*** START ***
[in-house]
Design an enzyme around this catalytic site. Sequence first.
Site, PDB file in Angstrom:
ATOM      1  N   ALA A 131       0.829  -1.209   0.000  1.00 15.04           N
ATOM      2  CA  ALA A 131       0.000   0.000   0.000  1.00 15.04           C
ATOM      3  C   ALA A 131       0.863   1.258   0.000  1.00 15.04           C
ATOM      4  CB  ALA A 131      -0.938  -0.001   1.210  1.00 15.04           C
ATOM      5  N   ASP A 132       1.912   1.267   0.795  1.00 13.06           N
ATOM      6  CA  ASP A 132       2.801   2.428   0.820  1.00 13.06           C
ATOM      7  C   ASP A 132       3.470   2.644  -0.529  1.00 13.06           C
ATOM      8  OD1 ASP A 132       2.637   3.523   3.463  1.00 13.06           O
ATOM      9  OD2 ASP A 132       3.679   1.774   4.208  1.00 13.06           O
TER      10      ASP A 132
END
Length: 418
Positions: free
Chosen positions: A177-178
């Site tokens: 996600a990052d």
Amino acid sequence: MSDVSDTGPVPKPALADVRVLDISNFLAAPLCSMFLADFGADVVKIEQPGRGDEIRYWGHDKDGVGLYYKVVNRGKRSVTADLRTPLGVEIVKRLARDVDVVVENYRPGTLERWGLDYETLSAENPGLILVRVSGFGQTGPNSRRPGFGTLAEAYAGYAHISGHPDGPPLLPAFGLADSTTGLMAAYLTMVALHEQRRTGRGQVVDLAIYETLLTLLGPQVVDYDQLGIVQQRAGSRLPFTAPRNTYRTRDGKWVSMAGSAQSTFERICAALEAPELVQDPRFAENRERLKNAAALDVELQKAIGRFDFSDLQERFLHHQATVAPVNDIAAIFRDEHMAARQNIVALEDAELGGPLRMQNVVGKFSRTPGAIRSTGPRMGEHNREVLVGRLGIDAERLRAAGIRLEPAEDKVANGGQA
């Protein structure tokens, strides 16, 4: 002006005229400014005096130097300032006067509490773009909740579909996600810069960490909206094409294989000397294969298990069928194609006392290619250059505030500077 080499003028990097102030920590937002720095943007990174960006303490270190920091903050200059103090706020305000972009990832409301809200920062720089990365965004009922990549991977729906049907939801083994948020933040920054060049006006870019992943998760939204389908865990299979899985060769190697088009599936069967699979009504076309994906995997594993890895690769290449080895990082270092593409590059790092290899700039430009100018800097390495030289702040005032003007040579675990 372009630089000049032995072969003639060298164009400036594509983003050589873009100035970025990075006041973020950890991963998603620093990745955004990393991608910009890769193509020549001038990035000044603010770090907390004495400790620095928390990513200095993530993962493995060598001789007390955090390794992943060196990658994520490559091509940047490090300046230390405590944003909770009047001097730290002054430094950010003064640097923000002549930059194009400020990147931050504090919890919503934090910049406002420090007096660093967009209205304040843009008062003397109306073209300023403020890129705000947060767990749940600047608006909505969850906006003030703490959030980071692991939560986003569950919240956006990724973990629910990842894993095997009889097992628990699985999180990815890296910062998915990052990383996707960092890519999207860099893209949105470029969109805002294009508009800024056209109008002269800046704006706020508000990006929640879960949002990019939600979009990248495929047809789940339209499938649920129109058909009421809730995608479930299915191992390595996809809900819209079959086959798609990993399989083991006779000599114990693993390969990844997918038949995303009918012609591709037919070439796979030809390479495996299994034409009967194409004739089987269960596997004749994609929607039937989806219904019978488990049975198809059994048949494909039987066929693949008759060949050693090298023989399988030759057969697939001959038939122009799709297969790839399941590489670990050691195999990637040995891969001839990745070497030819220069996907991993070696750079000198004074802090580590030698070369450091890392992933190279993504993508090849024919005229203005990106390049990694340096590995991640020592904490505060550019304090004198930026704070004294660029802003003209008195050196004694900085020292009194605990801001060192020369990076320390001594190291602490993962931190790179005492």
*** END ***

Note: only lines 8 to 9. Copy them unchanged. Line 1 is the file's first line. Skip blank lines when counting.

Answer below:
ATOM      5  N   ASP A 132       1.912   1.267   0.795  1.00 13.06           N
ATOM      6  CA  ASP A 132       2.801   2.428   0.820  1.00 13.06           C